Background: Rates of early mortality and complications after catheter ablation (CA) of atrial fibrillation (AF) vary across health care settings.
Objective: The purpose of this study was to identify the rate and predictors of early mortality (within 30 days) after CA in the inpatient and outpatient settings.
Methods: Using the Medicare Fee for Service database, we analyzed 122,289 patients who underwent CA for treatment of AF between 2016 and 2019 to define 30-day mortality in both inpatients and outpatients. Odds of adjusted mortality were assessed with several methods, including inverse probability of treatment weighting.
Results: Mean age was 71.9 ± 6.7 years, 44% were women, and mean CHA2DS2-VASc score was 3.2 ± 1.7. Overall, 82% underwent AF ablation as an outpatient. Mortality rate 30 days after CA was 0.6%, with inpatients accounting for 71.5% of deaths (P <.001). Early mortality rates were 0.2% for outpatient procedures and 2.4% for inpatient procedures. The prevalence of comorbidities was significantly higher in patients with early mortality. Patients with early mortality had significantly higher rates of postprocedural complications. After adjustment, inpatient ablation was significantly associated with early mortality (adjusted odds ratio [aOR] 3.81; 95% confidence interval [CI] 2.87-5.08; P <.001). Hospitals with high overall ablation volume had 31% lower odds of early mortality (highest vs lowest tertile: aOR 0.69; 95% CI 0.56-0.86; P <.001).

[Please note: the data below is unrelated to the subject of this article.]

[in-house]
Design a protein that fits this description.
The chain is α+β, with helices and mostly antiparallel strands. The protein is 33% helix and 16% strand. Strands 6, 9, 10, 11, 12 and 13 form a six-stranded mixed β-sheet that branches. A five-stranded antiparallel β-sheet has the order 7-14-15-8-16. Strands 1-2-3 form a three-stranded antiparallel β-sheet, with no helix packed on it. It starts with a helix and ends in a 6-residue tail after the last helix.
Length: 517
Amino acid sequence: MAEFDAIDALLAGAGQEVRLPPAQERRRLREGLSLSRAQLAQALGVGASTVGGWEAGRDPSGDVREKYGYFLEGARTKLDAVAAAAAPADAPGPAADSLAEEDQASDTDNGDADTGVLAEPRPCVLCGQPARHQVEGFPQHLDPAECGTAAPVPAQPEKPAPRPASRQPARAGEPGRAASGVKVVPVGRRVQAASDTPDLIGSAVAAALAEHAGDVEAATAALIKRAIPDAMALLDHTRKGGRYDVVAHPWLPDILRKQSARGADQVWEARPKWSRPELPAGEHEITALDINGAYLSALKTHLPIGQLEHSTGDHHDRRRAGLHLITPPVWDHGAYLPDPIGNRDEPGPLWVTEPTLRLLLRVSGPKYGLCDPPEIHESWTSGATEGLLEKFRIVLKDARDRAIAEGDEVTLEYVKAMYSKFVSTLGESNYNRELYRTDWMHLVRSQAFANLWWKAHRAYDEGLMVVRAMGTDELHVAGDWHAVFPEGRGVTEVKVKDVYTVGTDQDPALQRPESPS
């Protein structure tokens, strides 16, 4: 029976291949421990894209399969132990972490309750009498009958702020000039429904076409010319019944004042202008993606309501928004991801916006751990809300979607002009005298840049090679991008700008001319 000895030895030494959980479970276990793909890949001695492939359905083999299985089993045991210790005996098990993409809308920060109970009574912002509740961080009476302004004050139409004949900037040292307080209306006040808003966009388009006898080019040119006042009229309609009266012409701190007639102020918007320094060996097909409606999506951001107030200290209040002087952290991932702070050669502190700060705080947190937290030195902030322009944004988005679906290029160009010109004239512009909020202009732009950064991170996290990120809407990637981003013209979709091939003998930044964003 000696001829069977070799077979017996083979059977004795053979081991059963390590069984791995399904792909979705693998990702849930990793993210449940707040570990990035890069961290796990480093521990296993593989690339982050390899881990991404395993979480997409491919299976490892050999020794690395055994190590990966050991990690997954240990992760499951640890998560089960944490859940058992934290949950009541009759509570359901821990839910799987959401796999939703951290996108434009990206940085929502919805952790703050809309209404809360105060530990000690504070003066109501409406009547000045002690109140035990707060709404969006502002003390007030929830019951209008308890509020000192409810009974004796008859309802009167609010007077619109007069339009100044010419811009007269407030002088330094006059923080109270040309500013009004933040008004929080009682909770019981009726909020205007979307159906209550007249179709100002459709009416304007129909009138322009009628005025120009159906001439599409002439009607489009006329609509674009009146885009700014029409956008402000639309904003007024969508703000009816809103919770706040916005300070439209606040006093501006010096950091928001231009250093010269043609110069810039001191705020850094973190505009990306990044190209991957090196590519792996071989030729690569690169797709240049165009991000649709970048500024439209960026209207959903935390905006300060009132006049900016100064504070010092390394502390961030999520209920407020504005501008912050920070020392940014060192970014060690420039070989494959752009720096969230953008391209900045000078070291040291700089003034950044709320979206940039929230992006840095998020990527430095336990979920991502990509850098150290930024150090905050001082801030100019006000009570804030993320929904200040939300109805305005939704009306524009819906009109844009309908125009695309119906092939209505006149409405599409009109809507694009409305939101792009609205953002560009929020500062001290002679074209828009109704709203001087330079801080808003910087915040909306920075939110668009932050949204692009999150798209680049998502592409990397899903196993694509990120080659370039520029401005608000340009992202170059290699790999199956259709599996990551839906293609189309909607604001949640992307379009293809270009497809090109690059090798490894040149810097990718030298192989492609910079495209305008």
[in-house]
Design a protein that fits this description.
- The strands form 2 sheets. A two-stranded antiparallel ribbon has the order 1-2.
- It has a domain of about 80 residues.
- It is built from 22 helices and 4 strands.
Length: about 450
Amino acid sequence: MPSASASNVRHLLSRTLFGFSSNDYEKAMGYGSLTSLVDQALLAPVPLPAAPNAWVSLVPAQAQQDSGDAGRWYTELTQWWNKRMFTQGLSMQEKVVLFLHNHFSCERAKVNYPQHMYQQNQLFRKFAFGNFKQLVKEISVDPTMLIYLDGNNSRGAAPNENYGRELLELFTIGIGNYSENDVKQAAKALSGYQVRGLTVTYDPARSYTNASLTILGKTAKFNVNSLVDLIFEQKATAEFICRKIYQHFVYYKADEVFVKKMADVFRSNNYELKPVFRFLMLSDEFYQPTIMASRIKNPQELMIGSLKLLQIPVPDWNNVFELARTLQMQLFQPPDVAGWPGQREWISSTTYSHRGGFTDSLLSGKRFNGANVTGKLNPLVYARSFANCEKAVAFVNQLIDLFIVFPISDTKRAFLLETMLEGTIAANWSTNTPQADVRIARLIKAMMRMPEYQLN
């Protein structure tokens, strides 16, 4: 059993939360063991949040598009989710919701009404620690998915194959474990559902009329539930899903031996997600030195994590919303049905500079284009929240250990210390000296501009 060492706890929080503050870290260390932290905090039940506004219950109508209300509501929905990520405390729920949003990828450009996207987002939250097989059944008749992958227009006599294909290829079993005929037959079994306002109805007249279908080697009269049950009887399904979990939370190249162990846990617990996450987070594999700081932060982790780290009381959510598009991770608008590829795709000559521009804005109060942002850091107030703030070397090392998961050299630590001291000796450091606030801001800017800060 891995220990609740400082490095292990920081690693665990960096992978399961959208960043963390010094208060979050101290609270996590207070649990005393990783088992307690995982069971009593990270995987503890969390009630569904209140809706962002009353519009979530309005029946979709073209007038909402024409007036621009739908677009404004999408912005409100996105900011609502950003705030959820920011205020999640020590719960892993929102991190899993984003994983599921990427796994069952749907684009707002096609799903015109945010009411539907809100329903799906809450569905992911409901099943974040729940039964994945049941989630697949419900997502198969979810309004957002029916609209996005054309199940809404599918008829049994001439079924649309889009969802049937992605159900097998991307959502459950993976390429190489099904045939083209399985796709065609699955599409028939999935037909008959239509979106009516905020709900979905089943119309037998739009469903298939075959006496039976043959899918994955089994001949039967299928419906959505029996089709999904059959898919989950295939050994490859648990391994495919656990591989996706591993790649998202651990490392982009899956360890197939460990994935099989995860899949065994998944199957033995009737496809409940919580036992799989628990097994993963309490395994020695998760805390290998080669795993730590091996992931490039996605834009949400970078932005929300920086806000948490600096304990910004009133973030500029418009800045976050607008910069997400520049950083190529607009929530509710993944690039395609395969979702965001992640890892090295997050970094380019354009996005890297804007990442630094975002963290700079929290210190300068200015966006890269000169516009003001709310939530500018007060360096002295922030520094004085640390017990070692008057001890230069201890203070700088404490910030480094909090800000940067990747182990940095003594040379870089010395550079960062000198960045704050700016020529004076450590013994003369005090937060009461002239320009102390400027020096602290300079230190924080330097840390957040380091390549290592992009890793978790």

Conclusion: AF ablation conducted in the inpatient setting is associated with a higher rate of early mortality compared with outpatient AF ablation. Comorbidities are associated with enhanced risk of early mortality. High overall ablation volume is associated with a lower risk of early mortality.
Keywords: Arrhythmia; Atrial fibrillation; Catheter ablation; Early mortality; Inpatient; Outpatient; Rhythm control.
Copyright © 2023. Published by Elsevier Inc.